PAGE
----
Monday, October 21, 2013

Gilead's sofosbuvir and Johnson & Johnson's simeprevir Face the FDA this week

Related: PDF Downloads
Download FDA
review package for simeprevir ahead of October 24th meeting and Johnson & Johnson document both released today.

FDA: J&J Hepatitis C Drug Cures 80% of Patients

(WASHINGTON) — An experimental hepatitis C drug from Johnson & Johnson appears to be slightly more effective at eliminating the virus than currently available treatments, though federal safety reviewers say it also causes rash and sunburn in some patients.

The Food and Drug Administration posted its review of simeprevir online ahead of a public meeting Thursday where experts will vote on whether to recommend the drug’s approval.

More than 3 million people in the United States have hepatitis C, a blood-borne disease linked to 15,000 deaths a year. The disease slowly eats away at the liver over 20 to 30 years and most people don’t even realize they have the virus until after liver damage occurs.

Drugmakers see hepatitis treatments as potentially lucrative because the disease is expected to grow into a major public health problem as the U.S. baby boom generation ages.

For most of the last 20 years, the standard treatment for hepatitis C involved a grueling one-year regimen of pills and injections that caused flu-like symptoms and cured less than half of patients. Then in 2011, the FDA approved two new drugs from Merck and Vertex Pharmaceuticals that raised the cure rate to about 65 and 75 percent, respectively, when combined with the older treatments.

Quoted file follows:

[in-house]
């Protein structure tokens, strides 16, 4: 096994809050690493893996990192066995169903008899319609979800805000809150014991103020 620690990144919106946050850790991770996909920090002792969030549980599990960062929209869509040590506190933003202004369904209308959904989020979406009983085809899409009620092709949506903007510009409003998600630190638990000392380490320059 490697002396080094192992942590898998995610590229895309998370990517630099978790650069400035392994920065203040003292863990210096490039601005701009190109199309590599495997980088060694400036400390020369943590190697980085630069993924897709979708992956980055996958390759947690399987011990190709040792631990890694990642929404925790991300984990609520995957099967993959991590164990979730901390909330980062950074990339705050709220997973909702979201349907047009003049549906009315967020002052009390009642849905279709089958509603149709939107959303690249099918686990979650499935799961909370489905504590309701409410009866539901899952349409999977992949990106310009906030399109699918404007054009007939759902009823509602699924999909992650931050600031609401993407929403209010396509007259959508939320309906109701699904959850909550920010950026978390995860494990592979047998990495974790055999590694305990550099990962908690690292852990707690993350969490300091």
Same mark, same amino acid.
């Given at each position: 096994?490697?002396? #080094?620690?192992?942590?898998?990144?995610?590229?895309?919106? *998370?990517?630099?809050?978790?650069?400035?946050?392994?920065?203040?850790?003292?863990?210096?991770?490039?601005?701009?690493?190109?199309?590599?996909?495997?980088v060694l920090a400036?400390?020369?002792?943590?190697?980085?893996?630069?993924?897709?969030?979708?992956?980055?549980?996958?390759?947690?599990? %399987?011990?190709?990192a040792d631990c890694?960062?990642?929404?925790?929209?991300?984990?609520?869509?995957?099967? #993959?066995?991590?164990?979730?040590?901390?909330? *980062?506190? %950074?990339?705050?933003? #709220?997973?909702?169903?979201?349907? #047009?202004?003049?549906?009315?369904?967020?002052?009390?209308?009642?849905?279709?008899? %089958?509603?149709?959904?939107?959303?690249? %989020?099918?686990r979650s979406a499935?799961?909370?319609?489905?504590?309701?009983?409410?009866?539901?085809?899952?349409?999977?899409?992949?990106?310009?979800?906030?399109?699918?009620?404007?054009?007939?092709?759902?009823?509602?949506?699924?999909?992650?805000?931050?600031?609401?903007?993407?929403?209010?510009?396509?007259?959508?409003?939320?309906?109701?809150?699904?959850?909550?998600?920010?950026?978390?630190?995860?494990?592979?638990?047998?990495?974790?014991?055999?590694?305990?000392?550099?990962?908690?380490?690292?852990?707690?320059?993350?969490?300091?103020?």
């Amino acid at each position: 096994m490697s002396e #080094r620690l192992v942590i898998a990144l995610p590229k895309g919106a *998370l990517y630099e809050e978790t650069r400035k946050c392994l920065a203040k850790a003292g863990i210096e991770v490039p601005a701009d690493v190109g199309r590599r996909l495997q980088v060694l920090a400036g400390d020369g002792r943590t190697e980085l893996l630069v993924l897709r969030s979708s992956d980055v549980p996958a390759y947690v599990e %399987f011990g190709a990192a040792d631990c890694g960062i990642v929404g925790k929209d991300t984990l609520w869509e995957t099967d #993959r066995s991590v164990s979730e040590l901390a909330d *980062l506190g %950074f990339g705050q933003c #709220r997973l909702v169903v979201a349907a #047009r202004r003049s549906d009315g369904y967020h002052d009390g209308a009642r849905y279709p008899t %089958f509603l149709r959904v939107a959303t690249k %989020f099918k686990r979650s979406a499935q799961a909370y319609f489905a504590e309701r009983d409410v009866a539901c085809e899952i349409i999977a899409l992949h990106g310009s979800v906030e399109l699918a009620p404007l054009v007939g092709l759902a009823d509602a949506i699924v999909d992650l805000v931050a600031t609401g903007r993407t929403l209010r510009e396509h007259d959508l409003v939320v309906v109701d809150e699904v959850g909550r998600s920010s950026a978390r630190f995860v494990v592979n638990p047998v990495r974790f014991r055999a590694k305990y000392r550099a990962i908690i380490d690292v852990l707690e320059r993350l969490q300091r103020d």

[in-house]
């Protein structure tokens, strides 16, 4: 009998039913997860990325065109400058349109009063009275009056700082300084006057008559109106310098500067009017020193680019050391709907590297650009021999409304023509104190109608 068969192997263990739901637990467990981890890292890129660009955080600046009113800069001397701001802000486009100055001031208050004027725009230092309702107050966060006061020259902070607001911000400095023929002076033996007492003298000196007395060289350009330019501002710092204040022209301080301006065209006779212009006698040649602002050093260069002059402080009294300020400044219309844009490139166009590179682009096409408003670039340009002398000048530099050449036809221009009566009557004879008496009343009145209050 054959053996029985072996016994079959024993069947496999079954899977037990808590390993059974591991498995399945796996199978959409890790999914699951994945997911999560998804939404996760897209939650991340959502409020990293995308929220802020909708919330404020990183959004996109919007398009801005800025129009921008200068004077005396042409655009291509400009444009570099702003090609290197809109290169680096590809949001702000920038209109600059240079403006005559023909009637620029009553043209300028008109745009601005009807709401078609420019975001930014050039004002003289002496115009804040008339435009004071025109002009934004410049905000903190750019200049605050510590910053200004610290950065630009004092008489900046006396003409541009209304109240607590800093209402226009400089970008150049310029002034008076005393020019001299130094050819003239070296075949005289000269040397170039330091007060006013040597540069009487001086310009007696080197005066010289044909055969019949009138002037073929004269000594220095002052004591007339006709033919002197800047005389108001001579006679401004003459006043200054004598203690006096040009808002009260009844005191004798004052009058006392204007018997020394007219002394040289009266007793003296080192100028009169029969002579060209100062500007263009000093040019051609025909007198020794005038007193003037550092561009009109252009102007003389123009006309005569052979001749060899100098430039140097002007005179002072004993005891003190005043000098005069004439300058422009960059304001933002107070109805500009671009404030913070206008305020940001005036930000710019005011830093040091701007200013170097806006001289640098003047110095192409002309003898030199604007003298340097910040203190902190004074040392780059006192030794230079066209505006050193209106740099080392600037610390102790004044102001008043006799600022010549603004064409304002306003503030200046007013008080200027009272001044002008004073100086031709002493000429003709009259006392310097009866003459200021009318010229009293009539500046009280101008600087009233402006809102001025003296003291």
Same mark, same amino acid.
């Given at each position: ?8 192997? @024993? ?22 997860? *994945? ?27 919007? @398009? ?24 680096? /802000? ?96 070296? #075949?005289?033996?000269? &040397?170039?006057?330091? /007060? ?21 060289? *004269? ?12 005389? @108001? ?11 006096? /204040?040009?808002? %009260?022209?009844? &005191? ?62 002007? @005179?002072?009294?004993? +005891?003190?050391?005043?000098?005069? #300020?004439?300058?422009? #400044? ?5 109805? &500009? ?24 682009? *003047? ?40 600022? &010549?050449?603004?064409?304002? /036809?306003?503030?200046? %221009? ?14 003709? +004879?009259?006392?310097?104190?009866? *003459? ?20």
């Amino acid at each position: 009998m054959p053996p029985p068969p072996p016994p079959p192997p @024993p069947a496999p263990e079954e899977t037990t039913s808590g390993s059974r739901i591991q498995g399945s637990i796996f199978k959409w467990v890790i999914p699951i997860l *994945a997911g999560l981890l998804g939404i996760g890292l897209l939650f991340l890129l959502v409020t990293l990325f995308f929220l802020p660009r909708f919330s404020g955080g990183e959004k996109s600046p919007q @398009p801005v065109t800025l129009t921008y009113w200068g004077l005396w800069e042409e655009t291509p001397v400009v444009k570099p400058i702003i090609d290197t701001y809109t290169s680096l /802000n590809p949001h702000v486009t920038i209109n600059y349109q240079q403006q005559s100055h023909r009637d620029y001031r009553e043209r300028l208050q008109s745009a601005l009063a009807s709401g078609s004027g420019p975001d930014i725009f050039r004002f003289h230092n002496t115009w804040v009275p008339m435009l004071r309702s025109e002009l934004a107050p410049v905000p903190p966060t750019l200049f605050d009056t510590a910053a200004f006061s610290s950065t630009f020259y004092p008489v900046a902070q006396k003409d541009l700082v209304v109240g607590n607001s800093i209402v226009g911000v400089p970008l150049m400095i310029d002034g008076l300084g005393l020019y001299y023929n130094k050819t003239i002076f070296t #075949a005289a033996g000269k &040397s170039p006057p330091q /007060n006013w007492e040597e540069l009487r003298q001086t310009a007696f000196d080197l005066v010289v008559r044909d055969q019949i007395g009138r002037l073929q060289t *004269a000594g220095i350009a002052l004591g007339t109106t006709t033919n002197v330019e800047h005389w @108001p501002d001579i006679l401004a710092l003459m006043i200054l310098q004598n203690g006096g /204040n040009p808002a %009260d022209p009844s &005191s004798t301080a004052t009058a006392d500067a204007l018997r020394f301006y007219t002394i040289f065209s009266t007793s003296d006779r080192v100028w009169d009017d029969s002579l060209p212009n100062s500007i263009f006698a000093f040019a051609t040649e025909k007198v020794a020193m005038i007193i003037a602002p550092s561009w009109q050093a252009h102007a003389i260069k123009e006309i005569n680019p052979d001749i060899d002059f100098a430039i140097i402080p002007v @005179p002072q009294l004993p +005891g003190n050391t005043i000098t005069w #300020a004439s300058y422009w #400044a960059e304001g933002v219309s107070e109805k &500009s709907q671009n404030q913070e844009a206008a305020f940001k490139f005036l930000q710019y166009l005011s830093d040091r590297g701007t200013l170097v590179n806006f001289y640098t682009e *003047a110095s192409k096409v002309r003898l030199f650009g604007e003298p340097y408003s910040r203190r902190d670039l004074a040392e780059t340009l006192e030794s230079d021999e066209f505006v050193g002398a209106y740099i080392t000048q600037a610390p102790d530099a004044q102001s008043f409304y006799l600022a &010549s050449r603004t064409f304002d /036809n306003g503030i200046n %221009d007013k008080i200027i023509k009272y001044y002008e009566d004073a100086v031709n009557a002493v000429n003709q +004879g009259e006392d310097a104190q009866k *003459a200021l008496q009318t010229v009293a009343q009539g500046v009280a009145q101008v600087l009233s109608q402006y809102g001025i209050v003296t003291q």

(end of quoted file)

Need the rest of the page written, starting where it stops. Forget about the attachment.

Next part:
J&J’s new drug appears to raise the level of effectiveness again: simeprevir cured 80 percent of patients who had not previously been treated for the disease, according to the FDA. The New Brunswick, N.J., company is seeking approval to combine the drug with the standard treatment regimen for patients with the most common form of the virus.

But the agency’s review is not all positive. FDA scientists note that 25 percent of patients taking the drug developed a rash during the first 12 weeks of treatment. About 5 percent of patients also developed sunburn as a side effect of the drug.

On Thursday the FDA will ask a panel of outside experts whether the drug should carry warnings about rashes and sunburn on its label. The agency also wants to know whether “sun-protection measures should be recommended for all patients.”